the Constitution demands that in the absence of capital stock, the controlling membership should be
composed of Filipino citizens." cralaw virtua1aw library

In that case respondent-appellant Ung Siu Si Temple was not a corporation sole but a corporation
aggregate, i.e., an unregistered organization operating through 3 trustees, all of Chinese nationality, and
that is why this Court laid down the doctrine just quoted. With regard to petitioner, the Roman Catholic
Administrator of Davao, Inc., which likewise is a non-stock corporation, the case is different, because it is
a registered corporation sole, evidently of no nationality and registered mainly to administer the
temporalities and manage the properties belonging to the faithful of said church residing in Davao. But
even if we were to go over the record to inquire into the composing membership to determine whether
the citizenship requirement is satisfied or not, we would find undeniable proof that the members of the
Roman Catholic Apostolic faith within the territory of Davao are predominantly Filipino citizens. As
indicated before, petitioner has presented evidence to establish that the clergy and lay members of this
religion fully covers the percentage of Filipino citizens required by the Constitution. These facts are not
controverted by respondents and our conclusion in this point is sensibly obvious.

Dissenting Opinion — Discussed. — After having developed our theory in this case and arrived at the
findings and conclusions already expressed in this decision. We now deem it proper to analyze and delve
into the basic foundation on which the dissenting opinion stands up. Being aware of the transcendental
and far-reaching effects that Our ruling on the matter might have, this case was thoroughly considered
from all points of view, the Court sparing no effort to solve the delicate problems involved herein.

At the deliberations had to attain this end, two ways were open to a prompt dispatch of the case: (1) the
reversal of the doctrine We laid down in the celebrated Krivenko case by excluding urban lots and
properties from the grasp of the term "private agricultural lands" used in section 5, Article XIII of the
Constitution; and (2) by driving Our reasons to a point that might indirectly cause the appointment of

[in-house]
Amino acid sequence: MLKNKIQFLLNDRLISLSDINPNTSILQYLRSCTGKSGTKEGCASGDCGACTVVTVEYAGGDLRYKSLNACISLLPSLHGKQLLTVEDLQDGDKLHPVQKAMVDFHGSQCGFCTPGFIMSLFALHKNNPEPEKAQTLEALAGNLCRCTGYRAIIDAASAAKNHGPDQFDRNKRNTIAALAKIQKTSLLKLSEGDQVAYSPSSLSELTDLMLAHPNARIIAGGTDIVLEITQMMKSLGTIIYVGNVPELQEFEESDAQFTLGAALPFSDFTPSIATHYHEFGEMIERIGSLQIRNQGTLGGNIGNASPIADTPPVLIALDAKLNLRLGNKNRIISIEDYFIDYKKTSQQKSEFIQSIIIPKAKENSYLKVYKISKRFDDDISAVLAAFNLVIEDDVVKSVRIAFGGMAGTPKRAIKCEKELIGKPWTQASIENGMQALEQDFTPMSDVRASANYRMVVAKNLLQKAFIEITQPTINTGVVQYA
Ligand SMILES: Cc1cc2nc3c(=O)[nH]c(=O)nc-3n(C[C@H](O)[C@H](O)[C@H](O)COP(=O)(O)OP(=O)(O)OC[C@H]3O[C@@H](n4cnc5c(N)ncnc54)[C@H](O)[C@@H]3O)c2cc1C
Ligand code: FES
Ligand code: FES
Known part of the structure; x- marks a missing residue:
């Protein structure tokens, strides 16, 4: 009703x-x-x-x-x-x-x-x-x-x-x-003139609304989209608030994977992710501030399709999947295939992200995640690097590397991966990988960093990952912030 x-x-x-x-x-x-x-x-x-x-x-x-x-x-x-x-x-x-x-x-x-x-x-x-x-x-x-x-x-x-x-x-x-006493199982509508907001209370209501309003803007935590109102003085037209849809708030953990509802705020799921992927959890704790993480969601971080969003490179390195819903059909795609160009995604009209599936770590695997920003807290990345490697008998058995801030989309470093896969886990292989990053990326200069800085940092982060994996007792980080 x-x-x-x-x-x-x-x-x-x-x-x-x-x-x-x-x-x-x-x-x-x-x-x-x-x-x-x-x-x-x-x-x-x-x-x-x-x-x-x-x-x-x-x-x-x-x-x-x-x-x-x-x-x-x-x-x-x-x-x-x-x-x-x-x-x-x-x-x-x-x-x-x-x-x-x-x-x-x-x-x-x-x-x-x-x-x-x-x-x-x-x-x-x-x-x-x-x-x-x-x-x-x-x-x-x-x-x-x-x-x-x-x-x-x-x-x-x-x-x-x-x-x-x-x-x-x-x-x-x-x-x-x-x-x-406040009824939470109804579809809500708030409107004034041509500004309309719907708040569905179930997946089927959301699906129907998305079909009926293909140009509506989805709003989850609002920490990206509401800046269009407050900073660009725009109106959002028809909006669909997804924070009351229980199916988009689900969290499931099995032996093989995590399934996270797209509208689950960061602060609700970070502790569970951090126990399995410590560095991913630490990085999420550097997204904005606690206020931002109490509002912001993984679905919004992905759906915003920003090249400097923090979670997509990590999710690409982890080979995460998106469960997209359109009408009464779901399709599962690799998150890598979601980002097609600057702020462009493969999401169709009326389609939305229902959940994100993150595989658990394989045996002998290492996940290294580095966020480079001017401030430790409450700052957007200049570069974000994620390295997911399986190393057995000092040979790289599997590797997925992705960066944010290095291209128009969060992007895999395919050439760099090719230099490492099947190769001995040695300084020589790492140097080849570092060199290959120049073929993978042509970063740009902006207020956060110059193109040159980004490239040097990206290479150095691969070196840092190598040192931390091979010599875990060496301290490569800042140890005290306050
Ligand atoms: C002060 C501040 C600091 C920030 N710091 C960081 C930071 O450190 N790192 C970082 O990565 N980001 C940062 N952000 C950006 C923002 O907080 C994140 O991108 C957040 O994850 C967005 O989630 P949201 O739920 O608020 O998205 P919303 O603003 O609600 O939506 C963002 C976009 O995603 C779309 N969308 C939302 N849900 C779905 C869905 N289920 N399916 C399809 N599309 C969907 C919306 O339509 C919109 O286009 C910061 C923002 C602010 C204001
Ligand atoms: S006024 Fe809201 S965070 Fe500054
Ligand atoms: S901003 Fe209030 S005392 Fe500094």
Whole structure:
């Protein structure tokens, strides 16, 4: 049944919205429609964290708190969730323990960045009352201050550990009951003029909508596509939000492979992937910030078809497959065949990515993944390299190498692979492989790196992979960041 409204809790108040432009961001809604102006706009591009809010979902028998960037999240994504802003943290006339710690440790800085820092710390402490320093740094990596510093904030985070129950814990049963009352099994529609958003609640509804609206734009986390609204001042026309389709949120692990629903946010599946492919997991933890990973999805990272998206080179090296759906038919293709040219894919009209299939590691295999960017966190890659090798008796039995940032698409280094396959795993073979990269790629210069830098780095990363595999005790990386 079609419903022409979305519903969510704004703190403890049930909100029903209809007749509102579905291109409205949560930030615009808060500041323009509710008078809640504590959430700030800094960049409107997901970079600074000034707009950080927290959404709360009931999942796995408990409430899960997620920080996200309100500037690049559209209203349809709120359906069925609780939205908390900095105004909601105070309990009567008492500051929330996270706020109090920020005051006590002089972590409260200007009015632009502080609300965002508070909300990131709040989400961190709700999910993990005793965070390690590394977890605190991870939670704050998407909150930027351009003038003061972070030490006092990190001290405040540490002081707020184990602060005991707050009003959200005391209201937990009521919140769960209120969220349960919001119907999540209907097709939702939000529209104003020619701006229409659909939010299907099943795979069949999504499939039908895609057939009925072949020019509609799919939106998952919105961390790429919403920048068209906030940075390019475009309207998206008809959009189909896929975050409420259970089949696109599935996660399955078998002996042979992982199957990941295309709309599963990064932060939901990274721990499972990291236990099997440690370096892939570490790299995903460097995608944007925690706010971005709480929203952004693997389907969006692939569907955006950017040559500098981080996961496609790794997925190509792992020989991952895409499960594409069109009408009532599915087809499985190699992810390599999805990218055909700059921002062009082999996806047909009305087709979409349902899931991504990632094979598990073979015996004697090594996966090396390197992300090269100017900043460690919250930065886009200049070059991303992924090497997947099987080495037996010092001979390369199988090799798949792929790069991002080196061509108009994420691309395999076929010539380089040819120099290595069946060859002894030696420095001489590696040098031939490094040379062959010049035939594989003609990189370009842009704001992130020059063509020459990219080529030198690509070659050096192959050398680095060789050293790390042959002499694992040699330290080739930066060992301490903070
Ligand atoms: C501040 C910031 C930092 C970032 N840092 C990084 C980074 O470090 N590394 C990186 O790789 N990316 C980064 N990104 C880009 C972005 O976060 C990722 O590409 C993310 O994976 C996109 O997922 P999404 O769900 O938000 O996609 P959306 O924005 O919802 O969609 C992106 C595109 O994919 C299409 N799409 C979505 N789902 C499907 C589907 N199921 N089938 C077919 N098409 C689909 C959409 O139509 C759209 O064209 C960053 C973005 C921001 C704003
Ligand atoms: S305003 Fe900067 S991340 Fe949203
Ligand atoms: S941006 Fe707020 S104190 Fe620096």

Filipino bishops or Ordinary to head the corporations sole created to administer the temporalities of the
Roman Catholic Church in the Philippines. With regard to the first way, a great majority of the members
of this Court were not yet prepared nor agreeable to follow that course, for reasons that are obvious. As
to the second way, it seems to be misleading because the nationality of the head of a diocese constituted
as a corporation sole has no material bearing on the functions of the latter, which are limited to the
administration of the temporalities of the Roman Catholic Apostolic Church in the Philippines.

Upon going over the grounds on which the dissenting opinion is based, it may be noticed that its author
lingered on the outskirts of the issues, thus throwing the main points in controversy out of focus. Of
course We fully agree, as stated by Professor Aruego, that the framers of our Constitution had at heart to
insure the conservation of the natural resources of Our motherland for Filipino posterity; to serve them
as an instrument of national defense, helping prevent the extension into the country of foreign control
through peaceful economic penetration; and to prevent making the Philippines a source of international
conflicts with the consequent danger to its internal security and independence. But all these precautions
adopted by the Delegates to Our Constitutional Assembly could not have been intended for or directed
against cases like the one at bar. The emphasis and wanderings on the statement that once the capacity
of a corporation sole to acquire private agricultural lands is admitted there will be no limit to the areas
that it may hold and that this will pave the way for the "revival or revitalization of religious landholdings
that proved so troublesome in our past", cannot even furnish the "penumbra" of a threat to the future of
the Filipino people. In the first place, the right of Filipino citizens, including those of foreign extraction,
and Philippine corporations, to acquire private lands is not subject to any restriction or limit as to
quantity or area, and We certainly do not see any wrong in that. The right of Filipino citizens and
corporations to acquire public agricultural lands is already limited by law. In the second place,
corporations sole cannot be considered as aliens because they have no nationality at all. Corporations
sole are, under the law, mere administrators of the temporalities of the Roman Catholic Church in the
Philippines. In the third place, every corporation, be it aggregate or sole, is only entitled to purchase,